Comparison of 2017 bunker fuel demand data at key marine hubs

The following are the 2017 marine fuel demand data and estimates for the world’s three largest bunkering hubs — Singapore, Rotterdam and Fujairah. The numbers come from Singapore’s Maritime and Port Authority (MPA), the Port of Rotterdam and estimates from Fujairah-based traders.


Demand at the world’s biggest bunkering location climbed to another record high in 2017, gaining 4.2% from the previous year to 50.6 million mt.

The advance was led by a 13% rise in low sulfur marine gasoil demand and a 4.7% climb in high sulfur 380 CST fuel oil. Consumption of high sulfur 180 CST fuel oil sank by 48.2% as demand continued to shift to higher-viscosity grades commonly used by more modern vessels.

The jump in Singapore’s volumes lays to rest concerns expressed in late 2016 that the mandatory use of mass flow meters (MFMs) for fuel oil bunker deliveries from the start of last year might dent demand. MFMs are a more accurate measurement system for oil deliveries, and the MPA mandated their use last year in an attempt to resolve the quantity disputes between buyers and sellers that had plagued the port in previous years.

While Singapore’s growth has been seemingly unstoppable for the past three years — and looks set to continue after the International Maritime Organization’s 0.5% sulfur cap shakes up the bunker industry in 2020 — suppliers have been less positive about the port as margins have dwindled. Aegean Marine Petroleum decided in October to exit the physical supply business in Singapore at the start of this year, citing the difficulty of generating profits there.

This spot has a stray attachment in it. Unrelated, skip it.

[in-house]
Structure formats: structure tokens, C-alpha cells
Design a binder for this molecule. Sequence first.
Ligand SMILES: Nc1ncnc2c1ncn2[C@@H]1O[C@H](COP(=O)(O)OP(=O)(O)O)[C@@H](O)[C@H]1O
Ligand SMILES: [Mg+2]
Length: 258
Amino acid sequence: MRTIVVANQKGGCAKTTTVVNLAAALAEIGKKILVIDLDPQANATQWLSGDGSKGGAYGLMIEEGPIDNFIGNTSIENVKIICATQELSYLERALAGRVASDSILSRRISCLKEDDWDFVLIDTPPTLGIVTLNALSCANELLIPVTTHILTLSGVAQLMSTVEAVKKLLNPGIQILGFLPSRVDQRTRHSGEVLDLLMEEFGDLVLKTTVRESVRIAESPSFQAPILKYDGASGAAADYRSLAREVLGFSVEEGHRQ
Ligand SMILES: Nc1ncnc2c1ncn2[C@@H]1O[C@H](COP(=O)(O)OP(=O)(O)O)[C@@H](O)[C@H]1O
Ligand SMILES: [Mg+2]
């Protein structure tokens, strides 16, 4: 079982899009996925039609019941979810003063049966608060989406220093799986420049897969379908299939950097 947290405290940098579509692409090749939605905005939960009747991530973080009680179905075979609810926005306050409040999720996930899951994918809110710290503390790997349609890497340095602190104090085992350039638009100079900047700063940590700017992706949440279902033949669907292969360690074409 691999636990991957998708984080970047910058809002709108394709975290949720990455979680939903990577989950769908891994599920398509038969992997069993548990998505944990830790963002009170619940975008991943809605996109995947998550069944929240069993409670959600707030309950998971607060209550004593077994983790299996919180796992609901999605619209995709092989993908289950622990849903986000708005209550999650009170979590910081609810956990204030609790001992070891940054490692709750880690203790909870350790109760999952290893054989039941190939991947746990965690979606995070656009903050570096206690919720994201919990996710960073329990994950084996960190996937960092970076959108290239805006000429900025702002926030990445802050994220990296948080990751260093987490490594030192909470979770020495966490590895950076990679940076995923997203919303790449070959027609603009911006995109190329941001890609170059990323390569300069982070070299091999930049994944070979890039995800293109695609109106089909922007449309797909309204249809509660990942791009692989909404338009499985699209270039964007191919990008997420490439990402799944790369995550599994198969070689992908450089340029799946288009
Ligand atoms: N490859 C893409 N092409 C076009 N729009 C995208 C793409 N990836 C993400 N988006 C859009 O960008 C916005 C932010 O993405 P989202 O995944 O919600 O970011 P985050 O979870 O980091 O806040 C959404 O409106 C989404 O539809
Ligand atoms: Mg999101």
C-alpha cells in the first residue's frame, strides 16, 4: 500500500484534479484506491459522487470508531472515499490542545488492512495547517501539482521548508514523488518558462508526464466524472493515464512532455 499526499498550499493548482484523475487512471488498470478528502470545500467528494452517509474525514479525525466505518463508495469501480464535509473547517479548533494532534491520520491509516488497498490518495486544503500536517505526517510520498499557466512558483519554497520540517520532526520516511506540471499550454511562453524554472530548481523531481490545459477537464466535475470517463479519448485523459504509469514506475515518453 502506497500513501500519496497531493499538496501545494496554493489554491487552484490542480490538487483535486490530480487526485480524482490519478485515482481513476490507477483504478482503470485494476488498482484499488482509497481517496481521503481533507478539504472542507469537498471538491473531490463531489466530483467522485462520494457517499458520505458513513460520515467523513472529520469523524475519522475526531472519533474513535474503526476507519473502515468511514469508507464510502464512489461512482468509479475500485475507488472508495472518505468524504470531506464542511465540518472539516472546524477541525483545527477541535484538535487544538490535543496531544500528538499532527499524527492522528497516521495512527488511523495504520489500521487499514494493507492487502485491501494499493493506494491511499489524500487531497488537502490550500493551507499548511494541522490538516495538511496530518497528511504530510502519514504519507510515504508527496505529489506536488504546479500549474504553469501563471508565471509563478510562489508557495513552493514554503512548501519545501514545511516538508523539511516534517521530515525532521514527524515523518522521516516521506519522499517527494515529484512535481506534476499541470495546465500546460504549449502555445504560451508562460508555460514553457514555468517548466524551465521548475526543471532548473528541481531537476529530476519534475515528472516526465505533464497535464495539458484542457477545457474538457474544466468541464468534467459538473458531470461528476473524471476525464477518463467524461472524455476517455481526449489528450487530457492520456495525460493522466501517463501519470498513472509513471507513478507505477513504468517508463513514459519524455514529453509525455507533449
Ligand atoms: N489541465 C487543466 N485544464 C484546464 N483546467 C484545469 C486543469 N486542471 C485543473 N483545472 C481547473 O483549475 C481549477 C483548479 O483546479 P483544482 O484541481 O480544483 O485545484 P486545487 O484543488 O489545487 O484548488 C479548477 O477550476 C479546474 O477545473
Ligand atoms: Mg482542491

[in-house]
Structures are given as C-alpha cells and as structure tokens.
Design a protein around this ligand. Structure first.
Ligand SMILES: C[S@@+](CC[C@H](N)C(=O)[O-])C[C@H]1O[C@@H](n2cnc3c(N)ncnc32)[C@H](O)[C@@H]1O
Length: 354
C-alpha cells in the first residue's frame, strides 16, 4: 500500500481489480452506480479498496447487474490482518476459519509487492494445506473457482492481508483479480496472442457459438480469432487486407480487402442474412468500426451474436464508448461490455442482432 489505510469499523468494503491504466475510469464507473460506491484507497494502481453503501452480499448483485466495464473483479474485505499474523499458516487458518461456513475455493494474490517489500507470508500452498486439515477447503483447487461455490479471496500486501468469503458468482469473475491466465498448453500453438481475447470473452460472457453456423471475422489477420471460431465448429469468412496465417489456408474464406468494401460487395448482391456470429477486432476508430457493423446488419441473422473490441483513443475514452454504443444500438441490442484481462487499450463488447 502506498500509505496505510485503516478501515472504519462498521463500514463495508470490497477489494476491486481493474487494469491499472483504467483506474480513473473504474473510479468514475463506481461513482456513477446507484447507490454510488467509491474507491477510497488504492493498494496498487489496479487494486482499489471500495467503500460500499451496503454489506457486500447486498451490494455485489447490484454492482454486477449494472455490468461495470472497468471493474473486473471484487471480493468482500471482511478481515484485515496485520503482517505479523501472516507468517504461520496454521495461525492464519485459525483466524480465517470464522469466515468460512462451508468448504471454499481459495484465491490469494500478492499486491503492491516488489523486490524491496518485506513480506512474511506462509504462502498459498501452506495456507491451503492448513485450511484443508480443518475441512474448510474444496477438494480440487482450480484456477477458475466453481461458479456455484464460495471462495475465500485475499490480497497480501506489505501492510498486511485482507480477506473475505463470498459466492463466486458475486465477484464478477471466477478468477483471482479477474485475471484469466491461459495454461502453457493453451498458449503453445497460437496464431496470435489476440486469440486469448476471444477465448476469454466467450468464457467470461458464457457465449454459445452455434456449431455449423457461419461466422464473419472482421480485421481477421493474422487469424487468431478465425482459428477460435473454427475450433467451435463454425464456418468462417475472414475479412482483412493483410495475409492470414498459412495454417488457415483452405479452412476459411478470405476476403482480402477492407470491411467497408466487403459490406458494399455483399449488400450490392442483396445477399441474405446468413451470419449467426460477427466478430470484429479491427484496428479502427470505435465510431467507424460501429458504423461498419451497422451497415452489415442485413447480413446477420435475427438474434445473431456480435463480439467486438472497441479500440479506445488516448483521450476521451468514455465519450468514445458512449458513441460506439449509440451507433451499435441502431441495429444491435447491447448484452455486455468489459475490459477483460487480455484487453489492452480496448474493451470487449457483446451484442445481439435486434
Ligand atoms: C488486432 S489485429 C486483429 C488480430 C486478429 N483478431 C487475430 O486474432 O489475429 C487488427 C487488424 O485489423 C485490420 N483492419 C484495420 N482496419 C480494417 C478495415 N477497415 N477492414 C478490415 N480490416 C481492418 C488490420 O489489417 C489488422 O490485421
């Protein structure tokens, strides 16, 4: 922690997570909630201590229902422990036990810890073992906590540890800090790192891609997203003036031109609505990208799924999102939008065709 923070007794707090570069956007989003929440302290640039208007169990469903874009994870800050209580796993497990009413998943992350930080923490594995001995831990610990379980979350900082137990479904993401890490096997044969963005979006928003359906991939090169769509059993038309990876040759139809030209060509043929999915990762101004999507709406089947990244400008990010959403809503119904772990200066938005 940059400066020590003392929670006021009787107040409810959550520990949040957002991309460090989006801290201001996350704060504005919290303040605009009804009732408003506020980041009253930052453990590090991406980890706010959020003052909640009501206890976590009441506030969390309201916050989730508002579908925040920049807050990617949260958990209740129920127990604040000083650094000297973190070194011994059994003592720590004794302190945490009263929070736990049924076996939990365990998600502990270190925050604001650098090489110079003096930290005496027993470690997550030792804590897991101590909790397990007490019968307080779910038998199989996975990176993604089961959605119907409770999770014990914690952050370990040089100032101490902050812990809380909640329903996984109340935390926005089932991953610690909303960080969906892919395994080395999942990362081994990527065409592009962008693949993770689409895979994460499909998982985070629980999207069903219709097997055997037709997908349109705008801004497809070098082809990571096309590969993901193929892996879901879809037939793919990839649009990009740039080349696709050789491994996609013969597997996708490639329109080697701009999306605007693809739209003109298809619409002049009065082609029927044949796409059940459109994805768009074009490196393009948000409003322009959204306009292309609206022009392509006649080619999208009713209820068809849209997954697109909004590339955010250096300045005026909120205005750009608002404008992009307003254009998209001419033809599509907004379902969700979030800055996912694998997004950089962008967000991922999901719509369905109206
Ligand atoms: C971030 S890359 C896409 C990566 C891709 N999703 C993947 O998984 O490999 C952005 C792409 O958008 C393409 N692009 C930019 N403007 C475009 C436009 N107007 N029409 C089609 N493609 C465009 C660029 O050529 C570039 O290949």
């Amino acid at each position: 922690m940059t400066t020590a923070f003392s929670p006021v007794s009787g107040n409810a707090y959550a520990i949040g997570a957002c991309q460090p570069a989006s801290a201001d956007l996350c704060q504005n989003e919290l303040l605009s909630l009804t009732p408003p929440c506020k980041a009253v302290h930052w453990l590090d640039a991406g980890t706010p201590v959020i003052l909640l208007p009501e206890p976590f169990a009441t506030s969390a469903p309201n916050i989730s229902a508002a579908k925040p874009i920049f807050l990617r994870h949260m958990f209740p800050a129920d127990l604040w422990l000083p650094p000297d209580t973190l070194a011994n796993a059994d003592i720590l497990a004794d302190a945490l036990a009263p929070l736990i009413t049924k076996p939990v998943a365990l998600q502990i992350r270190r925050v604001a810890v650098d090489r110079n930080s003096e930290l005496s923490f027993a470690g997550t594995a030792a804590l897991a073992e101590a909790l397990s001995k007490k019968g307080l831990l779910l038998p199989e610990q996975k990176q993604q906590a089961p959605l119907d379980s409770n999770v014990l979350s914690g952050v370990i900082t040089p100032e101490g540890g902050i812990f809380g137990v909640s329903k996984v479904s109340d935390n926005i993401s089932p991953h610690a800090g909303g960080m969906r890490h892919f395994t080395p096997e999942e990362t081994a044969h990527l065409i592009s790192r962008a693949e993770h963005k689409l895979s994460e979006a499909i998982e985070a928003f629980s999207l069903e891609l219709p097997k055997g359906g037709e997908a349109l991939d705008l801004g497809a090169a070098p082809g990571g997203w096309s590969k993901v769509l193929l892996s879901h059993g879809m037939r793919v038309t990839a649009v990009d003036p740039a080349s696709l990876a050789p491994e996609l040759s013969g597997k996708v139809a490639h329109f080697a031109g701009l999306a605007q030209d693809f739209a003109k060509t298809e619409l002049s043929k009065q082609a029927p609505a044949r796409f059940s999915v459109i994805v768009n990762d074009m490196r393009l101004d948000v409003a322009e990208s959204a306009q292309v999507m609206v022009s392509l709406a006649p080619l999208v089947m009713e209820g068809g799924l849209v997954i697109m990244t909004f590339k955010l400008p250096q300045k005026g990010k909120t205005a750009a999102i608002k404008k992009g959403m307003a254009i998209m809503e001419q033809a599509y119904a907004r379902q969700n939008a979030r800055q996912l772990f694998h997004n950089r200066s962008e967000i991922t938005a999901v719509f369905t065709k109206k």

The port of Rotterdam had another disappointing year for bunker sales, with volumes slipping by 2.5% to a record-low 9.9 million cu m (about 9.4 million mt). But the Dutch hub still overtook Fujairah to retake its place as the world’s second-largest port for bunker sales.

Fuel oil sales dropped by 2.7%, while marine gasoil and marine diesel oil sales together slipped by 2%. Marine lubricant sales remained buoyant, rising for a second year and gaining 3.5%.

The port separately published LNG bunker sales figures for the first time, saying demand jumped to 1,500 mt last year from just 100 mt in 2016.


Fujairah saw the biggest drop in demand of any major bunker port last year as the Qatari diplomatic crisis displaced buyers away from the UAE hub.

Traders estimate bunker sales slipped to 8-9 million mt in 2017 from 11-12 million mt the previous year, knocking Fujairah down slightly below Rotterdam’s total.

Sanctions on Qatar by Saudi Arabia, the UAE, Bahrain and Egypt since June have prevented Qatari-owned and flagged vessels from bunkering at Fujairah until further notice, weighing significantly on demand.

The Saudi-led bloc accused Qatar of backing militant groups and questioned its links with Iran.

Industry sources say demand has mostly shifted to Singapore, but other ports including Salalah, Bandar Abbas and Gibraltar are also thought to have benefited. Meanwhile Qatar has moved towards reducing its reliance on overseas bunkering by offering a ship-to-ship fuel bunkering facility.

But the Middle Eastern hub is likely to regain its second-place spot in the coming years, as its demand outlook is set to recover sharply as the diplomatic situation improves.
Source: Platts